Ninja Infiltrates Skepchick

Hi Everyone! My name is Jamie and way back in 2008 I sent an email to Rebecca saying I was interested in becoming a Skepchick. Needless to say, I didn’t make the cut. I spent the next five years slowly infiltrating my way into the inner circle of Skepchicks, by way of alcohol and unrestrained enthusiasm, until they finally gave in and asked me to join the team. I cannot tell you how excited I am to start blogging here on Skepchick.

First of all, a little bit about me. My background is in statistics and economics, especially as it relates to public policy. You might have heard my name mentioned here before. That’s because I’m the Vice President and Skeptical Ninja (yes, official job title!) of Women Thinking, inc. My official job duties are helping to run the Hug Me! I’m Vaccinated campaign, saving the world, and fetching drinks for our president, Elyse.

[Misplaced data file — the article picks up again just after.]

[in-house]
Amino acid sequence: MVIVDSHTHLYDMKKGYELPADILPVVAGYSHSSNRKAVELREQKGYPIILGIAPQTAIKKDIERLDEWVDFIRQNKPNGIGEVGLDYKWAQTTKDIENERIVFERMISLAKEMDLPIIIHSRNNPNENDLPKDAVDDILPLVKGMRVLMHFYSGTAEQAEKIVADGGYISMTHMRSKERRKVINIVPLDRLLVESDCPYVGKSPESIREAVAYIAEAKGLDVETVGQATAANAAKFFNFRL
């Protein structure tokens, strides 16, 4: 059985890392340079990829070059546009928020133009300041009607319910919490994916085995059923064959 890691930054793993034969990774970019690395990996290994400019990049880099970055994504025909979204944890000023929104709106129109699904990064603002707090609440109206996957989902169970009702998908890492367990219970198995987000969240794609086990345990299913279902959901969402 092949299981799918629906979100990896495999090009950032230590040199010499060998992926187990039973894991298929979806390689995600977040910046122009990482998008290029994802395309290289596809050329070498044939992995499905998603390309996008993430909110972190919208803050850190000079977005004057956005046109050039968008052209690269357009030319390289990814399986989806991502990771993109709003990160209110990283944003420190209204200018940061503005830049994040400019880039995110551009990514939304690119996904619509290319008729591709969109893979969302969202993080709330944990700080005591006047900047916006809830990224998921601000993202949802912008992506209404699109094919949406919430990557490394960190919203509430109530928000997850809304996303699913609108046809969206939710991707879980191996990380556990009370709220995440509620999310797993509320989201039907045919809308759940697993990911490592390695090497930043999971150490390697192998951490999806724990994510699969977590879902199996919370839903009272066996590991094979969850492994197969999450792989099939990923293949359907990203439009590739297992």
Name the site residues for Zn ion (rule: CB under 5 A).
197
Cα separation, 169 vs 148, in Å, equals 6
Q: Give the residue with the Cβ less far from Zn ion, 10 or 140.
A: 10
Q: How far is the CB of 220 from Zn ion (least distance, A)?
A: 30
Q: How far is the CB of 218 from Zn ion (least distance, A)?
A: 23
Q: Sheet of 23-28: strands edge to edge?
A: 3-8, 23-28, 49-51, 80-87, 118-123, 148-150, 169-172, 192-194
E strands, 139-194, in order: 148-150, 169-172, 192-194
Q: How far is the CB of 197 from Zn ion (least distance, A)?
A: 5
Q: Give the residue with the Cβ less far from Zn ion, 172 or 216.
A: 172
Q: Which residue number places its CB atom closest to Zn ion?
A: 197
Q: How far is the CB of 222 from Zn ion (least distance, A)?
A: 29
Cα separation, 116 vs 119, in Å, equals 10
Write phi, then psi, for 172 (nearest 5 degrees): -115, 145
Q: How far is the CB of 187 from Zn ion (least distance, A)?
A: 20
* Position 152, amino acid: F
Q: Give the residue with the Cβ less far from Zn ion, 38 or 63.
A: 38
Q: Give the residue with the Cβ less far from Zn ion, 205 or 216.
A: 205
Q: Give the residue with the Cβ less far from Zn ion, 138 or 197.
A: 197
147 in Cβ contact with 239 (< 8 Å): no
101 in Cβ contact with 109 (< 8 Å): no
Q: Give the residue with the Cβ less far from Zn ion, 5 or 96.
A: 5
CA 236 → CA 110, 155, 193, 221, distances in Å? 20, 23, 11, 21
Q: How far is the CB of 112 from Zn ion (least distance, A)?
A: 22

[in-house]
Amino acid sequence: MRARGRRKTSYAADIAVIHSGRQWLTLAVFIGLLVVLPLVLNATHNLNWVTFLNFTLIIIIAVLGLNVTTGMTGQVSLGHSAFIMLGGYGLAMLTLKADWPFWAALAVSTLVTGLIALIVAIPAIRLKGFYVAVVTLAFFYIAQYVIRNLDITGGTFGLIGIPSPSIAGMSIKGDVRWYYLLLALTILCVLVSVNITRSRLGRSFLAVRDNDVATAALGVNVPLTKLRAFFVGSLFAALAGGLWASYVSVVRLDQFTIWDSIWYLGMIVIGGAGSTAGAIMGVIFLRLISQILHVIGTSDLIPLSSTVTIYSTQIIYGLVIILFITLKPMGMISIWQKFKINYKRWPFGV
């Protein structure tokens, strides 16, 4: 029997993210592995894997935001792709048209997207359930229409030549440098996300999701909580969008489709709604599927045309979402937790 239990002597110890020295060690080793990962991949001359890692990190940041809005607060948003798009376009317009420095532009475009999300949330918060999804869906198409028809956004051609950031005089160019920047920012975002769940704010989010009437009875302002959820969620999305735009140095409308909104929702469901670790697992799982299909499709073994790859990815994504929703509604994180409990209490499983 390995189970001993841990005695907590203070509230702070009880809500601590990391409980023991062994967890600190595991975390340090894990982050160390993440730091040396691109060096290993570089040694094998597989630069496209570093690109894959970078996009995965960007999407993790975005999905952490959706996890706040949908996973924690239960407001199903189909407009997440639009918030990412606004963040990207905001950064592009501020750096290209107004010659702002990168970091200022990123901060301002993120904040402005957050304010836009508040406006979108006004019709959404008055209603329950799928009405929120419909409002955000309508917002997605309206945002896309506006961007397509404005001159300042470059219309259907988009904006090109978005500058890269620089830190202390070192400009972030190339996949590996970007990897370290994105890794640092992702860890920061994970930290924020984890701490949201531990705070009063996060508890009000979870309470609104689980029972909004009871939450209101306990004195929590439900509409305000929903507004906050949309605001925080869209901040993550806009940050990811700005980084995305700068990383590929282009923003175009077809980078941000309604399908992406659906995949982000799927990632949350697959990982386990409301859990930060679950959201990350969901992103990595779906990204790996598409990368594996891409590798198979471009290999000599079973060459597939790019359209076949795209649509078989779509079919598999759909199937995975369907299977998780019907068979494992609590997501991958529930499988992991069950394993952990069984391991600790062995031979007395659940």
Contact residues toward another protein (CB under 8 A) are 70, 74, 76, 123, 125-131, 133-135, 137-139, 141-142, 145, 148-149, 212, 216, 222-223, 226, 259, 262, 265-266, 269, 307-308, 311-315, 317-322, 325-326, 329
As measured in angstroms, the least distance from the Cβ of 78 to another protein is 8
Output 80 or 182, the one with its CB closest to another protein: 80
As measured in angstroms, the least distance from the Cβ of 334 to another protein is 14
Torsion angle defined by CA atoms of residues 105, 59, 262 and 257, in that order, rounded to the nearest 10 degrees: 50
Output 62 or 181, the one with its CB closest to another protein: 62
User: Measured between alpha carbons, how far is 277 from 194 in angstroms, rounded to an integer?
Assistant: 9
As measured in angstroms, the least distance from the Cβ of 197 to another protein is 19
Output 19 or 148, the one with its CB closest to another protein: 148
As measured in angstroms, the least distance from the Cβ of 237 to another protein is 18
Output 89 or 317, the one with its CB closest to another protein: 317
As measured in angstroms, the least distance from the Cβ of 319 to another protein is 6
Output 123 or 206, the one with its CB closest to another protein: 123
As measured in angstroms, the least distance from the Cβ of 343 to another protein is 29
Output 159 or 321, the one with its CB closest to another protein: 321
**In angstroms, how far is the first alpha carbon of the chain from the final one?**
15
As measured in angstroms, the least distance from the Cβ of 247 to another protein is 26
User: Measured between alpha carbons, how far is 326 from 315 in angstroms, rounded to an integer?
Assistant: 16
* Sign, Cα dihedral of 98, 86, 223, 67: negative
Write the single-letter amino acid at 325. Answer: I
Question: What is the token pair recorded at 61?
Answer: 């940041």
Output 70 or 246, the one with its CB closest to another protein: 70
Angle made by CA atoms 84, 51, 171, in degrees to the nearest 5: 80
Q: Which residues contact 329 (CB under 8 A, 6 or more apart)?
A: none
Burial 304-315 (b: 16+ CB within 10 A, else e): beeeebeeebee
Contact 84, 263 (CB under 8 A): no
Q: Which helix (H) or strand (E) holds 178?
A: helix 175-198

But, enough about me, lets talk about social science! This is my area of expertise, which I like to think makes me half-scientist. Often social science is called “soft science” as compared with the “hard science” of the natural science fields. But, these terms can be quite misleading. In fact, the social sciences, which deal with human behavior and societies, are often attempting to answer far more complex problems than the natural sciences. It also means that the answers researchers come up with to big social science questions often have far less evidence to back them up and are more controversial than is typical in natural science fields. Conclusions tend to be much fuzzier and not based on experimental data. This is why, as a skeptic, you should be extra careful when interpreting the results of a new and exciting social science study.